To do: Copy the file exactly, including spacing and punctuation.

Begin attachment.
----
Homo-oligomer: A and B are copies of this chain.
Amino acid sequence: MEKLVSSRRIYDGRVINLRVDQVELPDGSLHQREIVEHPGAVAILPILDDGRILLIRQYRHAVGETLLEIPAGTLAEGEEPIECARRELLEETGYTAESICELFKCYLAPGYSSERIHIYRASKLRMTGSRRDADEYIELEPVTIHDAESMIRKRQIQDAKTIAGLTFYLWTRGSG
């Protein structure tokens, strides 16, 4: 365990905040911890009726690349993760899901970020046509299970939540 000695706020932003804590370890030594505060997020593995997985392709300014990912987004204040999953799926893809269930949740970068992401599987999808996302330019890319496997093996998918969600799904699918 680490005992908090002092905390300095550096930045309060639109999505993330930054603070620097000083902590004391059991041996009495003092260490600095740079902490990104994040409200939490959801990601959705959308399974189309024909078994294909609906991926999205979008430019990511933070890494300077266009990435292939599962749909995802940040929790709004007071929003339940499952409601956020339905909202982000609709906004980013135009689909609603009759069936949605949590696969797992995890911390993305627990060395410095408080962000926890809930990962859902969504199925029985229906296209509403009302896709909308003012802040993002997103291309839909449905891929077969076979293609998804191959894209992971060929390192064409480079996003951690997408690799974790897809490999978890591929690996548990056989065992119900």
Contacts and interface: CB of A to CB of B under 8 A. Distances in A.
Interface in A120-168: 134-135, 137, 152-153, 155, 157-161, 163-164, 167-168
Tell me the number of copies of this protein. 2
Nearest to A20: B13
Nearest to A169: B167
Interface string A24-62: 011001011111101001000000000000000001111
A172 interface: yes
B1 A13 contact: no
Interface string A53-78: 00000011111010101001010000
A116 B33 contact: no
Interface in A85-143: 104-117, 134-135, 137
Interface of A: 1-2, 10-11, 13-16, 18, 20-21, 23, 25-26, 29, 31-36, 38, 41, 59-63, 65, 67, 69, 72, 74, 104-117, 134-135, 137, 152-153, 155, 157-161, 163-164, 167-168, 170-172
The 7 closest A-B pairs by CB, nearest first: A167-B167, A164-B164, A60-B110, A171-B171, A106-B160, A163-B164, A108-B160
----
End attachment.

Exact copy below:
Homo-oligomer: A and B are copies of this chain.
Amino acid sequence: MEKLVSSRRIYDGRVINLRVDQVELPDGSLHQREIVEHPGAVAILPILDDGRILLIRQYRHAVGETLLEIPAGTLAEGEEPIECARRELLEETGYTAESICELFKCYLAPGYSSERIHIYRASKLRMTGSRRDADEYIELEPVTIHDAESMIRKRQIQDAKTIAGLTFYLWTRGSG
């Protein structure tokens, strides 16, 4: 365990905040911890009726690349993760899901970020046509299970939540 000695706020932003804590370890030594505060997020593995997985392709300014990912987004204040999953799926893809269930949740970068992401599987999808996302330019890319496997093996998918969600799904699918 680490005992908090002092905390300095550096930045309060639109999505993330930054603070620097000083902590004391059991041996009495003092260490600095740079902490990104994040409200939490959801990601959705959308399974189309024909078994294909609906991926999205979008430019990511933070890494300077266009990435292939599962749909995802940040929790709004007071929003339940499952409601956020339905909202982000609709906004980013135009689909609603009759069936949605949590696969797992995890911390993305627990060395410095408080962000926890809930990962859902969504199925029985229906296209509403009302896709909308003012802040993002997103291309839909449905891929077969076979293609998804191959894209992971060929390192064409480079996003951690997408690799974790897809490999978890591929690996548990056989065992119900």
Contacts and interface: CB of A to CB of B under 8 A. Distances in A.
Interface in A120-168: 134-135, 137, 152-153, 155, 157-161, 163-164, 167-168
Tell me the number of copies of this protein. 2
Nearest to A20: B13
Nearest to A169: B167
Interface string A24-62: 011001011111101001000000000000000001111
A172 interface: yes
B1 A13 contact: no
Interface string A53-78: 00000011111010101001010000
A116 B33 contact: no
Interface in A85-143: 104-117, 134-135, 137
Interface of A: 1-2, 10-11, 13-16, 18, 20-21, 23, 25-26, 29, 31-36, 38, 41, 59-63, 65, 67, 69, 72, 74, 104-117, 134-135, 137, 152-153, 155, 157-161, 163-164, 167-168, 170-172
The 7 closest A-B pairs by CB, nearest first: A167-B167, A164-B164, A60-B110, A171-B171, A106-B160, A163-B164, A108-B160